The tension between the NFL and AFL during the 1960s was great, but it reached its fever pitch when the Oakland Raiders signed Roman Gabriel in 1967. The Raiders originally drafted Gabriel in the 1962 AFL Draft, but he instead signed with the Los Angeles Rams.
The Raiders, however, were able to seize on Gabriel’s dissatisfaction with his use in Los Angeles and he signed with the Raiders. While some players had opted to sign with the AFL out of college instead of the NFL (like Joe Namath), Gabriel was widely considered one of the first NFL stars to be lured away by the upstart league according to AP reports at the time.
The AFL was believed to have attempted a raid on NFL talent in retaliation to the New York Giants’ signing of kicker Pete Gogolak. (That’s right a kicker.)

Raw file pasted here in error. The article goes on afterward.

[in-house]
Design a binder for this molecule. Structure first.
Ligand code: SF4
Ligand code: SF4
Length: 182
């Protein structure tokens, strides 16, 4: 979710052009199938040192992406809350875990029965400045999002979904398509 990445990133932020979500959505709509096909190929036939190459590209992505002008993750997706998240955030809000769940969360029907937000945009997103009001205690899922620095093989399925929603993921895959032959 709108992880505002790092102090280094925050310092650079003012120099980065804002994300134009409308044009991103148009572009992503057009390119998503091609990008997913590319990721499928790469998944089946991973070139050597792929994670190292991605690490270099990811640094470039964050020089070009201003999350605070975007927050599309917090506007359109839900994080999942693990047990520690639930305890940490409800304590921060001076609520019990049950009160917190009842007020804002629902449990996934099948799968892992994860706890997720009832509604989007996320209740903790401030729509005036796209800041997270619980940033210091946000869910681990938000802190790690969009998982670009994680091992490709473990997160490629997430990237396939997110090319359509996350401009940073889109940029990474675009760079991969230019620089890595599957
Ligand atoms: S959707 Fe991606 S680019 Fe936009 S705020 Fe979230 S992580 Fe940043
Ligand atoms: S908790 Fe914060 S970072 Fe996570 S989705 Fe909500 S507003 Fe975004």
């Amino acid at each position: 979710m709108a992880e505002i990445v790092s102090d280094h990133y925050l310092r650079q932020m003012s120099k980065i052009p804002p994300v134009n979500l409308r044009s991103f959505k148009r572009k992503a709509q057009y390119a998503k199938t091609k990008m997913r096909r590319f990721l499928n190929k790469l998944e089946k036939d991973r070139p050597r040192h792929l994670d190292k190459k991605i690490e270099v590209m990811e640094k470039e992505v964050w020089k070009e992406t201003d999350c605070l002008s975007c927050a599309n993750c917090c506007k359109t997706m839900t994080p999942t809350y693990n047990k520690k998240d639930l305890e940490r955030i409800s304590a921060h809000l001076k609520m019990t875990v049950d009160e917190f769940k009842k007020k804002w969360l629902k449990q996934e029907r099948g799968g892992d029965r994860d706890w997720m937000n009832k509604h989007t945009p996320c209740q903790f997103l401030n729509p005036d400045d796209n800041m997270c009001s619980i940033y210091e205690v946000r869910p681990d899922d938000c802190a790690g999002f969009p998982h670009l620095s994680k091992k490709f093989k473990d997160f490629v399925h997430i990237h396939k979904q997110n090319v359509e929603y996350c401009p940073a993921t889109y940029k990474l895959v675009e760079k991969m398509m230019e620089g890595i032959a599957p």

But Gabriel never played with the Raiders. (And if case you never heard; the AFL and NFL merged!) Instead he became the leader of new coach George Allen’s offense. Together the Rams would have much on-field success and Gabriel was selected as the NFL’s MVP in 1969. In fact, he’s still the Los Angeles Rams’ all-time leader in touchdown passes (154) and games won by a starting quarterback (74). He was also the first Asian-American quarterback in the NFL.
Gabriel was traded to the Philadelphia Eagles in 1973 after injuries and new coach Chuck Knox facilitated the move. Gabriel would be the NFL’s comeback player of the year in his first year in Philly and earned his fourth and last Pro Bowl berth.
Gabriel has not been enshrined in the Pro Football Hall of Fame, and he often feels that it’s because of his lack of a Super Bowl title. But many who played with him consider him one of the best of his era.